Wednesday 7 December 2016

4,000 jobs could be created in agri-food sector

Published 19/07/2010 | 14:08

Up to 4,000 jobs could be created over the next decade under ambitious plans to grow farm, food and fishing businesses, the Taoiseach claimed today.

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A report on the food sector said the industry can help boost economic recovery, predicting the value of food and fisheries exports to rise by more than a third to €12bn a year by 2020.

Brian Cowen pledged the Government's full support to deliver on the proposals.

"At a time perhaps in the last decade when we've seen employment reduced by 1,500 in the agri-food sector, we see the prospect of 3,500 to 4,000 jobs being created by 2020 under these plans," Mr Cowen said.

The Food Harvest 2020 report said the agri-food and fisheries sector is the country's most important indigenous industry, directly employing 150,000 people and contributing €24bn to the economy annually.

It also deals with the drinks and forestry sectors and among its 209 recommendations it calls for "smart, green growth".

Chairman of the report group Dr Sean Brady said: "Smart - that means being innovative, investing in research, focusing on what the consumer wants, applying lean manufacturing techniques and ensuring we have the scale at every level to maximise our cost competitiveness.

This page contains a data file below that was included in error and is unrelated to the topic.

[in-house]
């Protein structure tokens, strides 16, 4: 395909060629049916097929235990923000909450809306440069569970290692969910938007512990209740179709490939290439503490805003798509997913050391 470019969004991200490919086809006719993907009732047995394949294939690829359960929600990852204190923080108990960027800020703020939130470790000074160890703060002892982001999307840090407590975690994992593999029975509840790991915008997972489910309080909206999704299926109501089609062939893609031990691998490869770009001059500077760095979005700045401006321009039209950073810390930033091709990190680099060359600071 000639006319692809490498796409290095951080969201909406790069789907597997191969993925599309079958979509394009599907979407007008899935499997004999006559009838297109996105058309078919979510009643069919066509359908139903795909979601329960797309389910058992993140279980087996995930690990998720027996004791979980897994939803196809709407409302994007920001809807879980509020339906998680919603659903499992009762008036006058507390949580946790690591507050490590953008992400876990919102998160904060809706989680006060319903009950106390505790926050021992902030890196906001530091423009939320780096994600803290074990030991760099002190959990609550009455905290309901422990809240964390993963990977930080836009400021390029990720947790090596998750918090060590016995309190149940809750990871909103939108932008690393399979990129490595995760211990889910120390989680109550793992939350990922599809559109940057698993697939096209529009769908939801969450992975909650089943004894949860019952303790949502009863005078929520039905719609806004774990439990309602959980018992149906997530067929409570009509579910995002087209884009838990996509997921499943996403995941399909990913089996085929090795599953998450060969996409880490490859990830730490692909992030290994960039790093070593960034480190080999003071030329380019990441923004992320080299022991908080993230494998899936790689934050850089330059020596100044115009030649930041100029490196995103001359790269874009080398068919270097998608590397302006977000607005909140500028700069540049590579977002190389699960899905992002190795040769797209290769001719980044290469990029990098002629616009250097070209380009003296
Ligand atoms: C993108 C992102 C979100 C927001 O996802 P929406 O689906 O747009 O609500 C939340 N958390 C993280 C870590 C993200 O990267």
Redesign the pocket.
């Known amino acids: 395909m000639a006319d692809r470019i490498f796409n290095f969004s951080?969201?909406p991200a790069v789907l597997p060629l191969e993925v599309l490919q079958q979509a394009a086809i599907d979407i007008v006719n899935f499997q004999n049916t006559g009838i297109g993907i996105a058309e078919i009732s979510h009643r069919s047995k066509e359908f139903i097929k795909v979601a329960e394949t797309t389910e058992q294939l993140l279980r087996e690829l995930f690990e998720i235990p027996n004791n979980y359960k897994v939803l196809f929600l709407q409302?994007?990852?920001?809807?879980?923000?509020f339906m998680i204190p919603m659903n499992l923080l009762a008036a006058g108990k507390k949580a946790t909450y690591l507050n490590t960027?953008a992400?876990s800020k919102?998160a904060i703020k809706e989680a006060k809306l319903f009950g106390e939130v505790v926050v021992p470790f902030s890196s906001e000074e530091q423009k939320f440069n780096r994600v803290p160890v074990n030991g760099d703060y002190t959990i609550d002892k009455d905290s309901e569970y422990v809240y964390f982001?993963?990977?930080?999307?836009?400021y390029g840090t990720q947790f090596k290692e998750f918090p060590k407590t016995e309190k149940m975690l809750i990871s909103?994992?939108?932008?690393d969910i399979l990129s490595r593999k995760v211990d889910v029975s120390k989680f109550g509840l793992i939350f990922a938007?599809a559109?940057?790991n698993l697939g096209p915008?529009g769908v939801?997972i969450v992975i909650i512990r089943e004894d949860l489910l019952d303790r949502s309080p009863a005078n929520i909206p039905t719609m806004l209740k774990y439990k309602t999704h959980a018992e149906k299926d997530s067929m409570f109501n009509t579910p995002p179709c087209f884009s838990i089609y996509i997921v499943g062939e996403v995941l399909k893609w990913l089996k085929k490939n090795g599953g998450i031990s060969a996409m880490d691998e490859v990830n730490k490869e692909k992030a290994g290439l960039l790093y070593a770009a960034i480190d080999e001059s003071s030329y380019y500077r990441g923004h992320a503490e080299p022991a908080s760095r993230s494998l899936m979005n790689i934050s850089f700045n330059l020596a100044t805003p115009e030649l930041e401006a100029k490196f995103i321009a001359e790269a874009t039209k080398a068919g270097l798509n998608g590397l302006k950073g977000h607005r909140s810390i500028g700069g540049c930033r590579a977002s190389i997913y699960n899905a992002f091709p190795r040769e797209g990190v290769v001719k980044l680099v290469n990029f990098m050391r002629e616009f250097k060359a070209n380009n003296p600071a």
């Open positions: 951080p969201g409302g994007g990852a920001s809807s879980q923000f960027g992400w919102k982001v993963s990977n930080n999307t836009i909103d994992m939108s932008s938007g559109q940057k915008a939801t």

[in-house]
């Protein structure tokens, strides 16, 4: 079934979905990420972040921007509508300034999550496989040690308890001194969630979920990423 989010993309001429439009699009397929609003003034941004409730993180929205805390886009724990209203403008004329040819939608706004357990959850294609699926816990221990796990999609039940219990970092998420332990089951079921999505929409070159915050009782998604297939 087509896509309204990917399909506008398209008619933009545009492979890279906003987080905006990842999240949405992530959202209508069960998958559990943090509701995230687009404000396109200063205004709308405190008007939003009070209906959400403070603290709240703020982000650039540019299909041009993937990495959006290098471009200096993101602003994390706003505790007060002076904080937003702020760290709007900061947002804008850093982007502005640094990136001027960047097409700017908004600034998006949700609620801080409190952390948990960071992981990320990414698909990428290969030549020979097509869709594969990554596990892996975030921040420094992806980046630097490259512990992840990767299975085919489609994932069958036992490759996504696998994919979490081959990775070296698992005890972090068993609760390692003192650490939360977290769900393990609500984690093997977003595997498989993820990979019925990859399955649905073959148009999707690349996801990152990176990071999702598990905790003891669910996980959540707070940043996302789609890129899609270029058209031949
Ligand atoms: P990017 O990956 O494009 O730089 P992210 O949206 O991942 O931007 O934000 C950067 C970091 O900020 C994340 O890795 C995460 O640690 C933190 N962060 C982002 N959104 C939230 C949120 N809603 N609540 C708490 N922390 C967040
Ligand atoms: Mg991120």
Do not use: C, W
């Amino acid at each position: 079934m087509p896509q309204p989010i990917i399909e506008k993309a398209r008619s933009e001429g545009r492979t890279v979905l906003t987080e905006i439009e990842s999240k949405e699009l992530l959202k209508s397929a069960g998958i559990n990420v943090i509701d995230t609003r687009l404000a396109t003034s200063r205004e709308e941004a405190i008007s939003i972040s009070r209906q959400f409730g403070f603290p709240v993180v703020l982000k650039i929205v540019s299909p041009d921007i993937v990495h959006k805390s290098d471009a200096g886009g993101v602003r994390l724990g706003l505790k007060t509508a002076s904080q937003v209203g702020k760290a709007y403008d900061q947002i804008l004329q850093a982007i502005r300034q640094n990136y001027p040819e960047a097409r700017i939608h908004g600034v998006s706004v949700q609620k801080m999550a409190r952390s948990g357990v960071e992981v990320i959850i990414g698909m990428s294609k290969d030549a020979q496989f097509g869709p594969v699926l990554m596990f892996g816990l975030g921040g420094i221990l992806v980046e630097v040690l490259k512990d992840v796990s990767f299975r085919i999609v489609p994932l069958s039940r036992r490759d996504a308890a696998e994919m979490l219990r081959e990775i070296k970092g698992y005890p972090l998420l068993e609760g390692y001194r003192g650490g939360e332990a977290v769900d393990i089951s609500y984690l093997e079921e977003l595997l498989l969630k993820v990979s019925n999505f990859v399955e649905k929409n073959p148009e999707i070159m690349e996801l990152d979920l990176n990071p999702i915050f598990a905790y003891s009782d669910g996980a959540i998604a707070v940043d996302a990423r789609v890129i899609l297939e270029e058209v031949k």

"Secondly, we must be green. We must build in a meaningful way on our green image to scientifically prove, and then market, the environmental sustainability of our food production systems.

"This is a key competitive advantage for us if we can prove to our international customers that we really are more sustainable than other potential suppliers."

The plan's targets include:

:: Increasing export value of the farm, food and fisheries sector from €7bn to €12bn by 2020 - up 42pc;

:: 50pc increase in milk production;

:: 20pc increase in beef production;

:: Boost the value of primary production by farmers and fishermen by €1.5bn.

The Irish Farmers' Association welcomed the report's publication and pledged its support.

President John Bryan said the €12bn export and €1.5bn primary output targets were achievable with Government help.

"The cornerstone of the 2020 Strategy is to increase production at producer level across all sectors," he said.

"Government support in assisting competitiveness and supporting vital farm schemes, is critical for this to happen."

Agriculture Minister Brendan Smith said the sector can be at the forefront of the state's economic recovery.

"It (the plan) is a comprehensive and considered roadmap for the development of Ireland's key indigenous sector," he said.

"The targets set by the Committee are challenging, but they are also achievable," he said.

The Irish Dairy Industries Association, which represents dairy producers, urged the Government to remove remaining barriers to growth.

Senior executive Michael Barry said: "The vision for growth is credible if backed by the right government policies. Increasing output requires a renewed focus on competitiveness."

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